15 February 2017

Giving evidence at Parliament


Jane Cordell on the Work and Pensions Select Committee enquiry into self-employment and the gig economy.

A year ago I had never taken part in a formal event at Parliament. Over the past 10 months I have participated in four events –two for the Work and Pensions Select Committee and two for the All-Party Parliamentary Group on Disability plus a Green Paper round-table consultation led by MP, Heidi Allen. I have learned a lot about Parliamentary processes and have renewed and strengthened my respect for the demanding job the MPs and peers in these groups do on top of multiple other roles.

On 6 February the Committee hearing was about self-employment. The panel before ours consisted of people who had done 'gig' work for organisations such as Uber and Hermes (delivery firm). It was clear that the high costs and risks involved in such work made it extremely difficult to make a living, especially in London.

All of us on our panel - Robert Winstanley, Sara McKee and I were entrepreneurs who had disabilities. The Committee was interested in whether self-employment could offer more choices to people with disabilities. I was glad to see the Committee integrating this theme into a 'mainstream' enquiry. Too often disability tends to be considered separately.

Here are the main points I made:

- Making the choice to be an entrepreneur should be based on an individual͛s skills and motivation rather than the fact they are disabled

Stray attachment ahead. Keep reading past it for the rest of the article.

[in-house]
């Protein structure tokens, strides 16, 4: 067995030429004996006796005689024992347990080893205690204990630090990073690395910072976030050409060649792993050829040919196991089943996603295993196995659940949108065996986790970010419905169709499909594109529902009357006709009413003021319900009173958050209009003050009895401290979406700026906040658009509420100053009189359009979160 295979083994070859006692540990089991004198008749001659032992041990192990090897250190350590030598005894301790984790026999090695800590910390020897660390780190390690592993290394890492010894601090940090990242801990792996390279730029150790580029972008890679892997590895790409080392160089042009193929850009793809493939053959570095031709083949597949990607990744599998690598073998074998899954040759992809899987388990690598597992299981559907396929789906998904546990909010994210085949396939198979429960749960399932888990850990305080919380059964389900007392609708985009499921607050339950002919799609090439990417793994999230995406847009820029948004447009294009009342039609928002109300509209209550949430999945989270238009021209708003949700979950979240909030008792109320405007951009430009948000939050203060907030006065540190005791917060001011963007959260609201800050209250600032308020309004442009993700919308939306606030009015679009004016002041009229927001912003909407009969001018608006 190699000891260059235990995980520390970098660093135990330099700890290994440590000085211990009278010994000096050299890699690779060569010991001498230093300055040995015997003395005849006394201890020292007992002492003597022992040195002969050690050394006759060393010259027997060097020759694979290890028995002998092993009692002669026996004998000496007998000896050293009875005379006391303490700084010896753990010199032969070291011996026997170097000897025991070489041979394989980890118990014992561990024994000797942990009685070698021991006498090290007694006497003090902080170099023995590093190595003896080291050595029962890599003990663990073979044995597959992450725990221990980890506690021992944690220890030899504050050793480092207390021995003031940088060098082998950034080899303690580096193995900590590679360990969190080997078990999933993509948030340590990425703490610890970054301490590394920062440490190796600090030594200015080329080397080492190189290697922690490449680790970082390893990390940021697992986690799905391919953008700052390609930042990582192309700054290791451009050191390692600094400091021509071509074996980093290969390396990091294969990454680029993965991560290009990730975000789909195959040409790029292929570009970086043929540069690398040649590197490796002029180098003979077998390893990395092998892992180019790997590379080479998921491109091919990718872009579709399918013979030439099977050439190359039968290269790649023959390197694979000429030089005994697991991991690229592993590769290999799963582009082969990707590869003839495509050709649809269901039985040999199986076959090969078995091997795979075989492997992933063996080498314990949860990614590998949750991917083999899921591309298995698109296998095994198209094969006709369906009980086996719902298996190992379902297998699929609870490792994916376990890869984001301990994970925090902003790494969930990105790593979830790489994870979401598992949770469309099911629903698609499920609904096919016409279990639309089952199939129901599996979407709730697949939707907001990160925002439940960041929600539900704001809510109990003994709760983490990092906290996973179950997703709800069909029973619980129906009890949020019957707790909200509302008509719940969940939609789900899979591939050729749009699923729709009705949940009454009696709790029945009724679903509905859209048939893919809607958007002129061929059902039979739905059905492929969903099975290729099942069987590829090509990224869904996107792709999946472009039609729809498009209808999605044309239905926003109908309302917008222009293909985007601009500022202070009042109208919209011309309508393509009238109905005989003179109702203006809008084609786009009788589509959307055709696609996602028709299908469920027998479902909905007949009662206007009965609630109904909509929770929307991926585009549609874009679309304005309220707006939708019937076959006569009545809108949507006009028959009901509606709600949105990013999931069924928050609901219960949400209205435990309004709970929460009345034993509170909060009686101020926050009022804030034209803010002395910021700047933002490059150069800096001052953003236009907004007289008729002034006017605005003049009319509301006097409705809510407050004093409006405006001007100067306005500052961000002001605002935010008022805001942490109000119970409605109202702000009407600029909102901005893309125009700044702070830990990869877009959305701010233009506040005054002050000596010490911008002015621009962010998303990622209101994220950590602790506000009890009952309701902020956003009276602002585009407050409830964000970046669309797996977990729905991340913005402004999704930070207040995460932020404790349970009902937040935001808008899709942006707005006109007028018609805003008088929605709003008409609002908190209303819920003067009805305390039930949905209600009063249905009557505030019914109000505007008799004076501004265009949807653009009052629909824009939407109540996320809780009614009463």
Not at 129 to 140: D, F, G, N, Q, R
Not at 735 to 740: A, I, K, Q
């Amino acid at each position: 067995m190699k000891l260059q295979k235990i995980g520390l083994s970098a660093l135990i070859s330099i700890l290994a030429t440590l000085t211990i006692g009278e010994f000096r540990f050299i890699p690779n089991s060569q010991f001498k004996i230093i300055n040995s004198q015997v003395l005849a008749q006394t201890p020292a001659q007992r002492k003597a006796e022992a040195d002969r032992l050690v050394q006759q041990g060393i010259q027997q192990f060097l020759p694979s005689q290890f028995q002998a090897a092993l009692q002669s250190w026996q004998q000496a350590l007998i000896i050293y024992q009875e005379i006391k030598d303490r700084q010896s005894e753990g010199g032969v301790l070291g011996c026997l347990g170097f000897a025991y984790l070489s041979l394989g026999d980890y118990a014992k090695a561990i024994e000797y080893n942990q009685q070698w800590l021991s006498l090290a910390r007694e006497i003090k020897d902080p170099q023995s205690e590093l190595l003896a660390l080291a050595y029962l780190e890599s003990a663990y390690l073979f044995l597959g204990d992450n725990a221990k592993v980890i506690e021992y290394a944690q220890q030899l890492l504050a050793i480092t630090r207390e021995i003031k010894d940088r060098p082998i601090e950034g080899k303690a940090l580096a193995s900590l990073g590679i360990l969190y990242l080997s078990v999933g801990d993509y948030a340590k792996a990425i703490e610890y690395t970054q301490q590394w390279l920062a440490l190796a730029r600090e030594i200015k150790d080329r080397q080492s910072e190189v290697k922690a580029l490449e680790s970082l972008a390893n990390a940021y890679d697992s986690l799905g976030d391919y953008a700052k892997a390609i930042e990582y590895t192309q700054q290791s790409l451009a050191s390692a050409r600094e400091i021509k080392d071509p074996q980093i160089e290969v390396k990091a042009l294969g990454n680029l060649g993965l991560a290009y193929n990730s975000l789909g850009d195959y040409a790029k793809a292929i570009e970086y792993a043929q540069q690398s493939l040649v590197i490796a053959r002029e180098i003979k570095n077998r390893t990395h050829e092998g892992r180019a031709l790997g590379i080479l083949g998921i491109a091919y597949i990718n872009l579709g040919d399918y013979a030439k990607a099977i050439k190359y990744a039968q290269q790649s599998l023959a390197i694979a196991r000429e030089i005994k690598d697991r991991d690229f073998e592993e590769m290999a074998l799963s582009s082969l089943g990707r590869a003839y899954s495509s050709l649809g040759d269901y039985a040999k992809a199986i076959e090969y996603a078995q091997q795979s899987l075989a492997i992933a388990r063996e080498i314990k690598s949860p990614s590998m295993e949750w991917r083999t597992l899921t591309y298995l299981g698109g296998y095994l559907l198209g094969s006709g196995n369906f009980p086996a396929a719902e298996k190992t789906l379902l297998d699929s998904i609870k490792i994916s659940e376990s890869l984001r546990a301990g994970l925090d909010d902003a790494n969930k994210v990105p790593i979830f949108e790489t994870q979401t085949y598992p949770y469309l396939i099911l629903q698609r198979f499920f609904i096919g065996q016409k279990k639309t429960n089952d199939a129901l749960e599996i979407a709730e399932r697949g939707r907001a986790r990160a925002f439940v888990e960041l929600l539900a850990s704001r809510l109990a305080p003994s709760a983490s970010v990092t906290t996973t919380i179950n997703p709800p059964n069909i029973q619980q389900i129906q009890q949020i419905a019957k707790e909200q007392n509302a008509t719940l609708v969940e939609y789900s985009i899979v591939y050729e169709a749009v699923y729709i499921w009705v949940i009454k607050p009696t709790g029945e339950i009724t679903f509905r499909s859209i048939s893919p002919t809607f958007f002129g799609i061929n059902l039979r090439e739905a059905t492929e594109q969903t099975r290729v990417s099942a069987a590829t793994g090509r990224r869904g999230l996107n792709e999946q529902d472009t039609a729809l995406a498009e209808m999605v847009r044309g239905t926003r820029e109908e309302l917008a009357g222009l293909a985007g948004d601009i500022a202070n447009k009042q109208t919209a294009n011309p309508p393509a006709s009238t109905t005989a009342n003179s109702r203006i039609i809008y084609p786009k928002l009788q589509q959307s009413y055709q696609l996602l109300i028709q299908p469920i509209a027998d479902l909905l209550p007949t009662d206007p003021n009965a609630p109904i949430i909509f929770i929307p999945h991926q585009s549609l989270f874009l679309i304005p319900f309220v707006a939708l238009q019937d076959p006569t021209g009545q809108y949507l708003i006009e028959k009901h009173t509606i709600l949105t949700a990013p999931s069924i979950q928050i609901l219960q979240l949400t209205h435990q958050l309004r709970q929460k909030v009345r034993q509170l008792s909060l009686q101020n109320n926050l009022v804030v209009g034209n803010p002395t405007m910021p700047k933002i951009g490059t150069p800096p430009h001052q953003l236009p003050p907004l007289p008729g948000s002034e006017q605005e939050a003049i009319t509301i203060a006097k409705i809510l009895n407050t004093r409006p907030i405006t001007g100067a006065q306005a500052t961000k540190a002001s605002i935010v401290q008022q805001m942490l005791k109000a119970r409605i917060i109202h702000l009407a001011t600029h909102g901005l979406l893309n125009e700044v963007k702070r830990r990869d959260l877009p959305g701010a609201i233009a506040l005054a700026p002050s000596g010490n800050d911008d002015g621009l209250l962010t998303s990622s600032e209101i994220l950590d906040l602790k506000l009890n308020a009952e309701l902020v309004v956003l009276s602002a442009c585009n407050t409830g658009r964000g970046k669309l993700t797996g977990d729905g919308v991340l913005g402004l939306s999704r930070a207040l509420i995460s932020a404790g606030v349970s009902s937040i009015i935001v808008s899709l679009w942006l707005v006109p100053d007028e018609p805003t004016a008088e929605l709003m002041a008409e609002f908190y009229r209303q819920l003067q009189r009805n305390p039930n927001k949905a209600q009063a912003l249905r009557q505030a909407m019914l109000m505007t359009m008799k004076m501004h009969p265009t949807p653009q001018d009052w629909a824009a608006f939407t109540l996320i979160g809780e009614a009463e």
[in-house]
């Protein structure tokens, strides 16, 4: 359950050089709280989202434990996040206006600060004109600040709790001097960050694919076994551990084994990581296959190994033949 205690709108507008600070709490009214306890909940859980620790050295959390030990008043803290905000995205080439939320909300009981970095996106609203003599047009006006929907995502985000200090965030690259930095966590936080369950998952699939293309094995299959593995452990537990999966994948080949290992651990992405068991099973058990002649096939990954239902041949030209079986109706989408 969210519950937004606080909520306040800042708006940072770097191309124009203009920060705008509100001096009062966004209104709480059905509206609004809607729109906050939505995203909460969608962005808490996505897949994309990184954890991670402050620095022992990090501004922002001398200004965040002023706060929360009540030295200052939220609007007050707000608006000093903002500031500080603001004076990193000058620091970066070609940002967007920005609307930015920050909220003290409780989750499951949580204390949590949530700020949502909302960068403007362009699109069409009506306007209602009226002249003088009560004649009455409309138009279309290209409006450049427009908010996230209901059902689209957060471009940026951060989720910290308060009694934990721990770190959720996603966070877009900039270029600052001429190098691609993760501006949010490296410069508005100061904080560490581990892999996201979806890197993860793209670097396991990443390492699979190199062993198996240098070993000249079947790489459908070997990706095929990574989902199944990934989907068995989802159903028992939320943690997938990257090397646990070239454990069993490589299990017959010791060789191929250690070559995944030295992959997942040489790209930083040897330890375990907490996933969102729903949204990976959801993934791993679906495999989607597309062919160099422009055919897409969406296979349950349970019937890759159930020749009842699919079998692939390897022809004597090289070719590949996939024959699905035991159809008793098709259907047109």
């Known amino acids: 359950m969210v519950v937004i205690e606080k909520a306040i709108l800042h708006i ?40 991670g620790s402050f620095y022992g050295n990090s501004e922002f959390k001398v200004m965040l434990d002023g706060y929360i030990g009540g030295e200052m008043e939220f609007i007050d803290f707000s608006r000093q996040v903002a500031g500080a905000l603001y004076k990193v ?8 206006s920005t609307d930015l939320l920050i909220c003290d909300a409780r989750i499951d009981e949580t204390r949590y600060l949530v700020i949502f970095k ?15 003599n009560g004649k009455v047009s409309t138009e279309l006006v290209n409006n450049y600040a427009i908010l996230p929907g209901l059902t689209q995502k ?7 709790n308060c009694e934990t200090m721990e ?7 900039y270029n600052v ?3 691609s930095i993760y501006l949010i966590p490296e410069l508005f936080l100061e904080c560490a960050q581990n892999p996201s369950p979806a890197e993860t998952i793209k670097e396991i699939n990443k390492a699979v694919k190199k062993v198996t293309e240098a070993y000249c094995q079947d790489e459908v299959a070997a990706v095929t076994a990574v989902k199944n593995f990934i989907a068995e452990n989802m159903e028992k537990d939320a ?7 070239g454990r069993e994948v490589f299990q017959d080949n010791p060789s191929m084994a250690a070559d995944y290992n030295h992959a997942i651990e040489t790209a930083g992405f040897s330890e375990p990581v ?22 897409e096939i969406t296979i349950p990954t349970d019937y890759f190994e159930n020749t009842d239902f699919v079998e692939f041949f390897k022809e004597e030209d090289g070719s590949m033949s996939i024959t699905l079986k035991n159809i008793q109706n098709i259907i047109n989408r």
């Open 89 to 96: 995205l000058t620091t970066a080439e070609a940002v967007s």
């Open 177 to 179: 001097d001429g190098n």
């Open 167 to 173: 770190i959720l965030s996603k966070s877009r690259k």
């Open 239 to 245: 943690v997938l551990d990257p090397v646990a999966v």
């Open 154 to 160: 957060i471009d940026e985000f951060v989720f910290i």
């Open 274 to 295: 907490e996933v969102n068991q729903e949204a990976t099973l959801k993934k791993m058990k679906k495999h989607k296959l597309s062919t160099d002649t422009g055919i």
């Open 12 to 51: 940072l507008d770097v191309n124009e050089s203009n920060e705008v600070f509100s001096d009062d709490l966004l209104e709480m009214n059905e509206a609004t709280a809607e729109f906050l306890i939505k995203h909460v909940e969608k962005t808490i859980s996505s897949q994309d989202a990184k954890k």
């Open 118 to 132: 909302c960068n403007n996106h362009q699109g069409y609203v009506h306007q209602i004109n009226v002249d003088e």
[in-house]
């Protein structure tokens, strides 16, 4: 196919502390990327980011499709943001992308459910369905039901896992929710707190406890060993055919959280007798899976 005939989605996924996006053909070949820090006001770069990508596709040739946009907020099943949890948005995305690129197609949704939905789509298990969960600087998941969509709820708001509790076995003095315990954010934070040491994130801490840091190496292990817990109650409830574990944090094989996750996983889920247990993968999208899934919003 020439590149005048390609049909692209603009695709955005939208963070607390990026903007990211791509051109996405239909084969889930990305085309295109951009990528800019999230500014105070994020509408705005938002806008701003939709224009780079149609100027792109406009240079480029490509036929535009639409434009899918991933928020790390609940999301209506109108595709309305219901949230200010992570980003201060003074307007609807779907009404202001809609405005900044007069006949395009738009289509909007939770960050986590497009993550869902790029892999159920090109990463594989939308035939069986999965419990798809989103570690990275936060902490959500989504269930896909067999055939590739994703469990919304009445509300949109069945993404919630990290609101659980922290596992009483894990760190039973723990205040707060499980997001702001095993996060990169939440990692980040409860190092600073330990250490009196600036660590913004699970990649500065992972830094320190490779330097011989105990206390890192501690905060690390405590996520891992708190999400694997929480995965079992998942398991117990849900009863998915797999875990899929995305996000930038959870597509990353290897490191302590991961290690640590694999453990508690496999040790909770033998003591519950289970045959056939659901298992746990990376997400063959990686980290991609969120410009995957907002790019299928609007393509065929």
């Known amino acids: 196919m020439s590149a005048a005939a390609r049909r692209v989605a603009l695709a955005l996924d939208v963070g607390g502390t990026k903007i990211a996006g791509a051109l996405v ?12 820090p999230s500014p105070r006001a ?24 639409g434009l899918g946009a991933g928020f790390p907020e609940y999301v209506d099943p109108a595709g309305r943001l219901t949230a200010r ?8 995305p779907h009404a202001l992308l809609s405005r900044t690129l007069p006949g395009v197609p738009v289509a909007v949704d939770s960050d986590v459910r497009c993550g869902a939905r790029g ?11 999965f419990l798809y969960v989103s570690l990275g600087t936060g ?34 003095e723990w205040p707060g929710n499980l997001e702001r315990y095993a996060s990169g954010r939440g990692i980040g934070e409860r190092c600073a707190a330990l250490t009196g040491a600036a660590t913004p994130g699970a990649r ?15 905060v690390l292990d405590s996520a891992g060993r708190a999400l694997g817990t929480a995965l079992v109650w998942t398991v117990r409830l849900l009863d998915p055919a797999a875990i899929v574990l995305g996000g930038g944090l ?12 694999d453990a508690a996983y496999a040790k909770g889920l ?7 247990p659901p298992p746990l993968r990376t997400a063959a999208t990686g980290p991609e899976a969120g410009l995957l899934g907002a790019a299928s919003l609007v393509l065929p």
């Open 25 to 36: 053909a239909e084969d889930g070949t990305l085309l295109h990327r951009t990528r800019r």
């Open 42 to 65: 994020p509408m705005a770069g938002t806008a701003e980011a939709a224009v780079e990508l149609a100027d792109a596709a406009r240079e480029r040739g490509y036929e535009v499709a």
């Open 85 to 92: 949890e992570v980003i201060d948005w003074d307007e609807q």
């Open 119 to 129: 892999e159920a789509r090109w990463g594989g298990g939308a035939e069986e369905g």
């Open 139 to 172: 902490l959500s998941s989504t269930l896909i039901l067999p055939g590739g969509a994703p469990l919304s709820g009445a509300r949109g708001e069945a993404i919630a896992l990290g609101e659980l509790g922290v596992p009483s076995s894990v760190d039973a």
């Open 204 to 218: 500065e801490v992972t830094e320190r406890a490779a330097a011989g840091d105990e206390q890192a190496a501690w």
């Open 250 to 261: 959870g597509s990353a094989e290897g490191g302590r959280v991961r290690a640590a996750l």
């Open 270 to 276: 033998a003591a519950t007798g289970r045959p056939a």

- Access to Work – the central discretionary grant pot held at the Department of Work and Pensions – needs to recognize the unpredictable nature of running a business and support disabled people to do this. It also needs to be careful about (as is planned) uniformly capping support. The principle behind this of spreading the available pot more widely does not work. People are diverse and have very varied needs. (And I understand it from the Green Paper round table with disability charities, AtW has in fact underspent its budget by around £70 million). Doing this risked preventing some of the busiest and most senior disabled individuals fulfilling their potential including as rare and valuable role models to others
- I explained that my own varied career had been strongly influenced by discrimination on the part of two previous employers. I said leaving the security of full-time employment was not an easy thing to do– but that the rewards in terms of a balanced life and fulfilment – were significant.

Read more on the Disability News Service website.

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